6-month weight loss plan

It's time to make new year's resolutions, and at the top of most people's list will be to lose weight and start an exercise program.

For the new year, try setting monthly goals to improve your health. Make a resolution to check in at the beginning of each month to assess progress. Here's a plan for the first six months to make you feel great in 2008.

January: Begin the new year by assessing your weight and understanding what your weight means for your health. Calculate your body mass index using your height and weight. See the Web site www.nhlbisupport.com/bmi.

BMI tells you if your weight puts you at risk for future health problems, so aim for a BMI of less than 25. If your BMI is more than 30 and losing a lot of weight seems like a daunting task, don't worry. Aim to lose 10 to 12 pounds over the course of a year. Even a small weight loss can improve blood pressure, blood sugar and blood lipids.

In addition to height and weight, measure your waist circumference with a cloth tape measure. If it's over 40 inches for men and 35 inches in women, set a goal to reduce your apple shape. Your last assessment is to keep a three-day food record and analyze it at www.mypyramidtracker.gov. Set up a profile and use the tracking tool every month to assess your goals.

February. Keep a food diary the first three days of every month and use MyPyramid tracker to assess your intake. This month we turn to affairs of the heart, so focus on saturated fat and cholesterol when you analyze your diet. Easy changes include switching from whole milk to skim milk to save 4 grams of saturated fat and using ground sirloin in place of ground round to save 4.5 grams of saturated fat. For more tips to reduce saturated fat and cholesterol, check out www.americanheart.org.

March. This is National Nutrition Month, so go to www.eatright.org and use the Find a Nutrition Professional tool to locate a registered dietitian in your area to help you fine-tune your goals. Continue with a three-day record and compare it with the food record you kept in January. As the warmer weather approaches, set your exercise goals. Walking is the easiest exercise, so dust off the walking shoes and hit the pavement. Use a pedometer to measure your steps and aim for 10,000 steps each day. If walking outdoors isn't an option, buy a DVD. I like Leslie Sansone's "Walk Away the Pounds." It sounds dorky to walk in place, but trust me, her four-mile super challenge is a great workout in the comfort of your living room.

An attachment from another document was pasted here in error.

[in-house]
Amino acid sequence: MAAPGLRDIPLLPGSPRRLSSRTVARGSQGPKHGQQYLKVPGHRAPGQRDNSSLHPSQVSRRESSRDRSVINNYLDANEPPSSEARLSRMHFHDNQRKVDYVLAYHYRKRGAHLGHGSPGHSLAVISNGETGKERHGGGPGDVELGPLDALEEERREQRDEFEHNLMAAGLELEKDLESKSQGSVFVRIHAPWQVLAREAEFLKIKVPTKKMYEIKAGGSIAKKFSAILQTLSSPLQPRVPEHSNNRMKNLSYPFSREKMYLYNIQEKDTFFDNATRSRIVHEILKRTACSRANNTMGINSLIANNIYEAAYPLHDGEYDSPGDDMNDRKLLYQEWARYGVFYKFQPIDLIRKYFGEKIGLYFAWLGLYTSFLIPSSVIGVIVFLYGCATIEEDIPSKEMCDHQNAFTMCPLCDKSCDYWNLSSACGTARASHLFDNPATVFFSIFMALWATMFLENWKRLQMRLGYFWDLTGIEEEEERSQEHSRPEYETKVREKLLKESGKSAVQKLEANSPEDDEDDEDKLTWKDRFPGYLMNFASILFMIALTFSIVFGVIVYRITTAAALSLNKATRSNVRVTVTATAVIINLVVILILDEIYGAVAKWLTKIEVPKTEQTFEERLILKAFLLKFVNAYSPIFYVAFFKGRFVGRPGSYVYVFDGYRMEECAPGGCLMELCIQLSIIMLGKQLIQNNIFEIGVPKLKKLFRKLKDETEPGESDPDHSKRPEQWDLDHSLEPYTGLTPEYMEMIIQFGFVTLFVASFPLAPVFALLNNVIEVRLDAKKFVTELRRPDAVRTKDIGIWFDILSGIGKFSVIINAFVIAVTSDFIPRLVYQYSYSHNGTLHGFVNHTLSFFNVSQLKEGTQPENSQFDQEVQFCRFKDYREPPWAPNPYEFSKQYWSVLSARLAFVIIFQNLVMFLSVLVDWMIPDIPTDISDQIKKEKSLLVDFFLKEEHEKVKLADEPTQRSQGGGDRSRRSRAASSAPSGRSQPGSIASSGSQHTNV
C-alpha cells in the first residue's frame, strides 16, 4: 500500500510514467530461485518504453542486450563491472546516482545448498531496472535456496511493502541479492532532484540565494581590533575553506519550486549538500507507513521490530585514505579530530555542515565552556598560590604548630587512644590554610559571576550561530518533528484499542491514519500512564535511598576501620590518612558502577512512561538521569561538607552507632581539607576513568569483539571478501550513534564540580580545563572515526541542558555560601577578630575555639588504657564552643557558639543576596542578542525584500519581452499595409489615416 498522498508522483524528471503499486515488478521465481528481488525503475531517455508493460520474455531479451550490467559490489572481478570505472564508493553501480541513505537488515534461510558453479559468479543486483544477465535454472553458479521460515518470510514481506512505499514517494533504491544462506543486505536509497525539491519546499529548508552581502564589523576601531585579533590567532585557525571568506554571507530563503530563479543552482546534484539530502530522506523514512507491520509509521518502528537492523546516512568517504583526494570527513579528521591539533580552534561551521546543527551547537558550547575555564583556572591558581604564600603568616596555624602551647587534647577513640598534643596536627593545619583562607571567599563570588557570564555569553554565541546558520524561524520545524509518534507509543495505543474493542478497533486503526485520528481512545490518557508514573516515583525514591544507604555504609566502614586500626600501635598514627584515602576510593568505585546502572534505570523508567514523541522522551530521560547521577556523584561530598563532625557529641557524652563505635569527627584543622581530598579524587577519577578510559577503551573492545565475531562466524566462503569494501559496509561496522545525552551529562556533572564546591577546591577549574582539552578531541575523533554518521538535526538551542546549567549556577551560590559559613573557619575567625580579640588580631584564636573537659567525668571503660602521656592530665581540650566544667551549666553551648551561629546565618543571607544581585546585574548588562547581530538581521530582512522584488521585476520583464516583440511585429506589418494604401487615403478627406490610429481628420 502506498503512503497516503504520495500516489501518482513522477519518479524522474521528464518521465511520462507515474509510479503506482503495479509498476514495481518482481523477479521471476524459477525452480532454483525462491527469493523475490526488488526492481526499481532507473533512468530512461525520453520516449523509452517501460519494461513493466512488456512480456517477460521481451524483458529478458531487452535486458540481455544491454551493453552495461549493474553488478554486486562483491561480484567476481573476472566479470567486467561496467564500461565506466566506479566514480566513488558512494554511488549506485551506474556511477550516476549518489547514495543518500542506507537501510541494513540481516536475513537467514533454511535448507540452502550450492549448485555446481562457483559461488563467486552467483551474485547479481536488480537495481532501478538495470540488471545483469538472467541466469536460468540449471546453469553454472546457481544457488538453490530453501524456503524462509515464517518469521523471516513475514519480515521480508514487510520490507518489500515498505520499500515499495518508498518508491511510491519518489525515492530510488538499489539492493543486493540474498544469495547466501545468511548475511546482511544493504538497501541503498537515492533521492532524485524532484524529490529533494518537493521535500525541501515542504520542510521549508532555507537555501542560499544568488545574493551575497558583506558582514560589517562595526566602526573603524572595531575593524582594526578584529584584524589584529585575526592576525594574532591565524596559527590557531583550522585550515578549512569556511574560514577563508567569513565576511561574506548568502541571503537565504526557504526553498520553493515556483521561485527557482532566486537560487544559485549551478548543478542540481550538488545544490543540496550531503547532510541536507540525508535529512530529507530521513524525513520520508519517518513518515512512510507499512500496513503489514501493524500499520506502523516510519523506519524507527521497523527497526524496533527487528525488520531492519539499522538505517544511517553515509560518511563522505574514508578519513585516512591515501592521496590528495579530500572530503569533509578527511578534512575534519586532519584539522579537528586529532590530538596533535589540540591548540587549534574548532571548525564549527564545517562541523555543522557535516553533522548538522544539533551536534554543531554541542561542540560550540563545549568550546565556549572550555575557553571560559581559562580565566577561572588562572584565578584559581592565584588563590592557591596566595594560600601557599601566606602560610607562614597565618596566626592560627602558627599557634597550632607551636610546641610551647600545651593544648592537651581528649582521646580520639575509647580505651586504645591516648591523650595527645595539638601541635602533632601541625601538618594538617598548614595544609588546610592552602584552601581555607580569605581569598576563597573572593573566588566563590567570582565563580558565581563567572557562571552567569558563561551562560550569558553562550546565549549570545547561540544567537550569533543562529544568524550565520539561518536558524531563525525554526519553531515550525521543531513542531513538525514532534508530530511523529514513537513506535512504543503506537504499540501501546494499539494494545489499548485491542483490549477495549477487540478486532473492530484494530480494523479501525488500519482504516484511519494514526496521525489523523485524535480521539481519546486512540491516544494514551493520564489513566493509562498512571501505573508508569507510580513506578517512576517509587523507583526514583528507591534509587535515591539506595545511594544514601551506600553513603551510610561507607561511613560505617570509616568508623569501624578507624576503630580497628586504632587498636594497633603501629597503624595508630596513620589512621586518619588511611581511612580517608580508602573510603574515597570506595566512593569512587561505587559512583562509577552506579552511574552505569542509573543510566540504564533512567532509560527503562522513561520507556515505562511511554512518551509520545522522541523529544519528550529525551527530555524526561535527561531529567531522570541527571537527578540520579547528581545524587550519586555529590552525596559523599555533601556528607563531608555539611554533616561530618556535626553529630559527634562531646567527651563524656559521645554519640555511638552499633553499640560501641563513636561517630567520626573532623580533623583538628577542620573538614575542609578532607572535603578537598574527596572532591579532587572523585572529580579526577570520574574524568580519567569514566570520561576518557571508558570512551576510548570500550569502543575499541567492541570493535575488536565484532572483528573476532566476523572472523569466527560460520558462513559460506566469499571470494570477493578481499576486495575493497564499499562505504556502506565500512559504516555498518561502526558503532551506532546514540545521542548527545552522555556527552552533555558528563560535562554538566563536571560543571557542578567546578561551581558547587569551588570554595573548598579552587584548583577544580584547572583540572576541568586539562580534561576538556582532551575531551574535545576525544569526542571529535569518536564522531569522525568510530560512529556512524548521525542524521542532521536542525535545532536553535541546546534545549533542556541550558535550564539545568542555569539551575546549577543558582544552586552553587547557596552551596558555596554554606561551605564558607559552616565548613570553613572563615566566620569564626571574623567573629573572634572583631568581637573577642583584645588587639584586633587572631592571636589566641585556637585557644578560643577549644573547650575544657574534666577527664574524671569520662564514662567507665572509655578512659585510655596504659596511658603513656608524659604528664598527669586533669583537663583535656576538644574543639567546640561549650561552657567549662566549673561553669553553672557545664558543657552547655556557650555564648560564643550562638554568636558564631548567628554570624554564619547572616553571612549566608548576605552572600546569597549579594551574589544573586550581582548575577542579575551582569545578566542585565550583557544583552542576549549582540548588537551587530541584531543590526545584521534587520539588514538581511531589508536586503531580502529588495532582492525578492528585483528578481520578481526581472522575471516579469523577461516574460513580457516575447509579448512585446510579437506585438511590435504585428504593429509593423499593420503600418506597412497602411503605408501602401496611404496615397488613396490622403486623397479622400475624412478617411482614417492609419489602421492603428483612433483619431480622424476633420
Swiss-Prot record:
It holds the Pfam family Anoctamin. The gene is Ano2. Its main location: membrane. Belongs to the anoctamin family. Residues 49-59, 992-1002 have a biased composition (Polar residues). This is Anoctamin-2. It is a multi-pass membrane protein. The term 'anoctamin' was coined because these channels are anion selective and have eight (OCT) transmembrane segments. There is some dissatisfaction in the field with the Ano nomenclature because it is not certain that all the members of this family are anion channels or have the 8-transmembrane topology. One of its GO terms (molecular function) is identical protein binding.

April. In addition to analyzing your diet, use the MyPyramid activity tracker to monitor your exercise goals. If you've lost weight and have reached a plateau, don't let that deter you. Your smaller body needs fewer calories, so you may have to tweak your diet to burn a few more calories each day. Save 100 calories by dipping chips in salsa instead of cheese dip; switch to light butter; use soft tacos instead of fried crispy tacos; don't ask for extra butter on popcorn at the movies; use chicken broth in mashed potatoes instead of whole milk and butter.

May. Focus on nutrients for bone health, especially calcium and vitamin D. Review your diet analysis for these two important nutrients and visit the Web site of the National Osteoporosis Foundation at www.nof.org to learn more about bone health. Exercise also strengthens bones, so keep up your activity.

June. Check in with your food and activity intake at MyPyramid tracker and use the information to reassess your goals for the next six months. Did you lose weight and improve your body mass index? Did you reduce your waist circumference? Did you stick to your exercise goals? If you've slipped, don't give up. Rededicate yourself for the last half the year to meet the goals you established in January.

Source: http://www.ajc.com/health/content/health/stories/2007/12/21/fit_1227fd.html